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Home > News > PTI

When allies left govt red-faced in Parliament

March 13, 2007 13:37 IST
Last Updated: March 13, 2007 21:24 IST

The Central government facedĀ a majorĀ embarrassment on Tuesday when members of the Left parties and Dravida Munnetra Kazhagam virtually came to blows after Surface Transport Minister T R Baalu was prevented from introducing a bill to set up a Maritime University in Chennai.

In a rarely seen event in Parliament, House marshals were summoned to restore calm.

Much to the glee of the Bharatiya Janata Party-led Opposition, which described it as a 'civil war' in the ruling coalition, the United Progressive Alliance members squabbled over the introduction of the Indian Maritime University Bill, 2007 that resulted in five adjournments.

A stunned House saw Left members, who wanted the university to be set up in Kolkata, storming the well surrounding Baalu when he got up to table the measure. Immediately, DMK leaders, including Minister of State for Finance S S Palanimanickam sprang up from behind and formed a human wall in front of Baalu, leading to the summoning of Marshals.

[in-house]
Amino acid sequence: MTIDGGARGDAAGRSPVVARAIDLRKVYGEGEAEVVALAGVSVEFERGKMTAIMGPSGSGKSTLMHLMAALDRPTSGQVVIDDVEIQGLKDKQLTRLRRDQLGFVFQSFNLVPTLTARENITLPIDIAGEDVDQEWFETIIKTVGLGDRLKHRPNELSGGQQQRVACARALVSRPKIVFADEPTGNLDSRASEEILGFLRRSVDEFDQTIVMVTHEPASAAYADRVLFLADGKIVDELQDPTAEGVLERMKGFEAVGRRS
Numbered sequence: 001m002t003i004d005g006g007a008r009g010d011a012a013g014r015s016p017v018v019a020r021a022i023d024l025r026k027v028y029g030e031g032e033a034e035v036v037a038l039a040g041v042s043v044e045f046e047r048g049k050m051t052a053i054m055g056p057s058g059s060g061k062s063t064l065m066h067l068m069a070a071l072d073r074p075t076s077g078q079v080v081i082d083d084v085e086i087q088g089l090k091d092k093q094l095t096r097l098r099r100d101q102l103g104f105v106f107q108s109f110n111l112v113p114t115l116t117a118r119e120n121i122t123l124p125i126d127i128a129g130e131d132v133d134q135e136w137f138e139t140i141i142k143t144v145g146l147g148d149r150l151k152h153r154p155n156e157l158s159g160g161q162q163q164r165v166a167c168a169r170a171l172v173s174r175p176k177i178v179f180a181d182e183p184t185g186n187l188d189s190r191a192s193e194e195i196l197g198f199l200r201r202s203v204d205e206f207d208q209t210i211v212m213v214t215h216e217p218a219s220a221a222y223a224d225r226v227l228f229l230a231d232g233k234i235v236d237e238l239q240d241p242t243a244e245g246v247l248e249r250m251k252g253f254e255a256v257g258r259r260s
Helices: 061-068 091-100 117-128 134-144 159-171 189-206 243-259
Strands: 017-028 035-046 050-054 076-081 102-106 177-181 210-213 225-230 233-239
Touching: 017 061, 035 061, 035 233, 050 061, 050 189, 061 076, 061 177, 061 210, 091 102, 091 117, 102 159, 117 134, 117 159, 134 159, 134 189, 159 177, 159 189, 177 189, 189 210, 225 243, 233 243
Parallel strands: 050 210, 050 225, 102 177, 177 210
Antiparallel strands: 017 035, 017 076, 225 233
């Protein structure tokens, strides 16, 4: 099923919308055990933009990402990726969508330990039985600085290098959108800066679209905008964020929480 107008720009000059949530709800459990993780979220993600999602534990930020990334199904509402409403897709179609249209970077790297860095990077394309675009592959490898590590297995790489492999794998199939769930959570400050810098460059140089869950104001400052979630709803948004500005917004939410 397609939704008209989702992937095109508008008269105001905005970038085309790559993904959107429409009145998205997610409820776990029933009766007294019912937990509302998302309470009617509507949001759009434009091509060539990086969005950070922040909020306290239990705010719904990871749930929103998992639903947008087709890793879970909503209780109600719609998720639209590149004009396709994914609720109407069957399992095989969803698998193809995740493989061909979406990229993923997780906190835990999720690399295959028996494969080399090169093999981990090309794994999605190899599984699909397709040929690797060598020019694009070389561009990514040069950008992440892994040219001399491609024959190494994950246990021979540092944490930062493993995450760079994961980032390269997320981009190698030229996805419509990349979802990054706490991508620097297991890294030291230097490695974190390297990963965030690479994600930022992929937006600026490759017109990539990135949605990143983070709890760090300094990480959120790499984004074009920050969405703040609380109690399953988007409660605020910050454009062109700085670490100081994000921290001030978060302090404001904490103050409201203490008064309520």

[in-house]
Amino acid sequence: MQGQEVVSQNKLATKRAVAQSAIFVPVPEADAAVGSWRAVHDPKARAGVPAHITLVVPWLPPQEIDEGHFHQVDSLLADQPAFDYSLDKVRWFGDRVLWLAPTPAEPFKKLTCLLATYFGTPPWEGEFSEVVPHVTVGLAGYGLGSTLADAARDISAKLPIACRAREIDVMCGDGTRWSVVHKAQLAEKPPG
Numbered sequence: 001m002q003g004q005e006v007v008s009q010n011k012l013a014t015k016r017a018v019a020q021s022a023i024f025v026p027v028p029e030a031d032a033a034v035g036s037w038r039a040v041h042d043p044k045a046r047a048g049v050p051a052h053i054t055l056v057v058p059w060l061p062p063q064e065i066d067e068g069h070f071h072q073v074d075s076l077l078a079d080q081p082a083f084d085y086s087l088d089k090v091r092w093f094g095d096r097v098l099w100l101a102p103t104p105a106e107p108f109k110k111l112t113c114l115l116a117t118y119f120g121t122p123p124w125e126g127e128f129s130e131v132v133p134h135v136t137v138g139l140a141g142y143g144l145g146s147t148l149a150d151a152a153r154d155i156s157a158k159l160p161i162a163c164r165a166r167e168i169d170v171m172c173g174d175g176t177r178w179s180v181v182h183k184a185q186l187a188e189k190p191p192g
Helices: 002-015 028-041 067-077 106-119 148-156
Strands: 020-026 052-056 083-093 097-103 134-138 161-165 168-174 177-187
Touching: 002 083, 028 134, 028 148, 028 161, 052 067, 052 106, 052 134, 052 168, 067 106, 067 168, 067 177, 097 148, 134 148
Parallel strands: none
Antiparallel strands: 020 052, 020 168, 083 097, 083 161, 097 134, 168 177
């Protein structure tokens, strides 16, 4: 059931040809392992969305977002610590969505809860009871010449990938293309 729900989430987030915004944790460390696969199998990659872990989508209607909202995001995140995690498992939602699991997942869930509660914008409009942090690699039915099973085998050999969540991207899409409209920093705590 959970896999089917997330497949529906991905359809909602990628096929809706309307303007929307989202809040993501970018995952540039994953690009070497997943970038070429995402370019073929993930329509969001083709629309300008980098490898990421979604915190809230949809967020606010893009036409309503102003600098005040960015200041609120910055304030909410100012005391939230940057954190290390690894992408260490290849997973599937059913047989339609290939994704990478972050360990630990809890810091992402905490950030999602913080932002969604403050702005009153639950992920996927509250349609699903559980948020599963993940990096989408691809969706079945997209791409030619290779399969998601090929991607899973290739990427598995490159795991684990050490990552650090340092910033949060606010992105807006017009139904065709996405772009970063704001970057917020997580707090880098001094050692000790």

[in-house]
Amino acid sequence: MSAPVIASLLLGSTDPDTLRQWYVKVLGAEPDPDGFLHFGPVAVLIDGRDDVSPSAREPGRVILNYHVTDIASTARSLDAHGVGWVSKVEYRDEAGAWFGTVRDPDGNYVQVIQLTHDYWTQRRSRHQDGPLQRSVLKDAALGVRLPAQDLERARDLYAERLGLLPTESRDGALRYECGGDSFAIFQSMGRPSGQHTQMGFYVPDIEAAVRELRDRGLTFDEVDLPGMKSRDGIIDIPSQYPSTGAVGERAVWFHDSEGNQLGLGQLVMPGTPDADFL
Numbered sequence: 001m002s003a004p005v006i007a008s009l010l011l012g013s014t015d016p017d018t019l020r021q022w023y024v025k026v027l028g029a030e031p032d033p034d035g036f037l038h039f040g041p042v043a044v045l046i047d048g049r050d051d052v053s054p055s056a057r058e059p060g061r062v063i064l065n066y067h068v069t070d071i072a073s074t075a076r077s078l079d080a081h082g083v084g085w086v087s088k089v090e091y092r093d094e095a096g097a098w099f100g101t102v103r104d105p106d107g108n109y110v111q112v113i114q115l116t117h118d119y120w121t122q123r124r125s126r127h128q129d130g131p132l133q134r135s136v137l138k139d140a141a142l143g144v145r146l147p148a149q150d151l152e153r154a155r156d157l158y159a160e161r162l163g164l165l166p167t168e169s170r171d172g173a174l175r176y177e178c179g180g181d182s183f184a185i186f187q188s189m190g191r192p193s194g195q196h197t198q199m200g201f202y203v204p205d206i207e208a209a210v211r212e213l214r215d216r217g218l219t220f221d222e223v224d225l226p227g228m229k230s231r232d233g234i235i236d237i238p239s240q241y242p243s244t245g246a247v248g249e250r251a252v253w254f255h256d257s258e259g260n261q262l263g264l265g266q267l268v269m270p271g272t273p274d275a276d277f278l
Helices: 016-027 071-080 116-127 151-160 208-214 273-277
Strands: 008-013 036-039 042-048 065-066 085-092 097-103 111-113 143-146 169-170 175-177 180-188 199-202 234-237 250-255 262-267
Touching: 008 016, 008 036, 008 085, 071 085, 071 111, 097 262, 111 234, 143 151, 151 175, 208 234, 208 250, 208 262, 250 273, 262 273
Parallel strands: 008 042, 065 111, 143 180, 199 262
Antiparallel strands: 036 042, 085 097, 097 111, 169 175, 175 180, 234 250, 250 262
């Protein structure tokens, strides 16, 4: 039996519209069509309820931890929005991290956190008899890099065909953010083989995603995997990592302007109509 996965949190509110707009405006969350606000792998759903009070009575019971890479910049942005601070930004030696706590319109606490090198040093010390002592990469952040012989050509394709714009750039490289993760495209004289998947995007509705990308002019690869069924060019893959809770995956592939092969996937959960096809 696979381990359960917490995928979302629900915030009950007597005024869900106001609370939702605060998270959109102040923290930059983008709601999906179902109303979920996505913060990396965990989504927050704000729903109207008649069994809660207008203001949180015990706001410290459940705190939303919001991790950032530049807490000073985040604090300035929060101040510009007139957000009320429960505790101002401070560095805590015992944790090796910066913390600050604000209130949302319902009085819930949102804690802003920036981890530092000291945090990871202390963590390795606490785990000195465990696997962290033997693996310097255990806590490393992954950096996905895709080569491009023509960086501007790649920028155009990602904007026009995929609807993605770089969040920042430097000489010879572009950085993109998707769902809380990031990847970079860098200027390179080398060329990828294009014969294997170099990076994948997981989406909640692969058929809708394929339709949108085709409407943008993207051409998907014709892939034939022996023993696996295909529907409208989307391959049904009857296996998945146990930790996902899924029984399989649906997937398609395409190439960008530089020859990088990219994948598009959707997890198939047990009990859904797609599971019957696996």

The BJP-led opposition members were seen thumping desks enjoying the embarrassment faced by the government. A shocked Speaker Somnath Chatterjee immediately adjourned the House briefly but calm could not be restored even when it met again.

"It is a very sad day. This is not the way parliamentarians should behave. We should be role models for the entire country," he said.

As members of the treasury benches and some from the opposition tried to mediate, a livid Baalu vented his anger on Parliamentary Affairs Minister Priyaranjan Dasmunsi.

Leader of the House Pranab Mukherjee deprecated the behaviour of the Left members and said if they had any objections that could be discussed in the House. CPI-M leader Sitaram Yechury later sought to put the blame on the government.

He said it was aware of the concerns of the members from West Bengal, while Dasmunsi suggested that the CPI-M had kept him in the dark on notices opposing the introduction of the Bill.

Leader of the Opposition L K Advani said the incident was 'totally unprecedented' because it is within the ruling party as the 'coalition dharma' has been violated in an 'ugly manner,' a charge denied by the government and CPI-M later.

"I hope the civil war within the UPA has come to an end," Advani said, raising the discomfiture in the Congress-led coalition, which for the first time faced such an embarrassment in Parliament.

While CPI-M leader Basudeb Acharia expressed regret in the House over the 'unfortunate' incident, Yechury, speaking outside, declined to dub it as 'condemnable' maintaining that there was a strong sentiment in the state over the issue.

Yechury also told the government firmly that it will virtually have no option but to consult its key outside supporter on major bills before their introduction.

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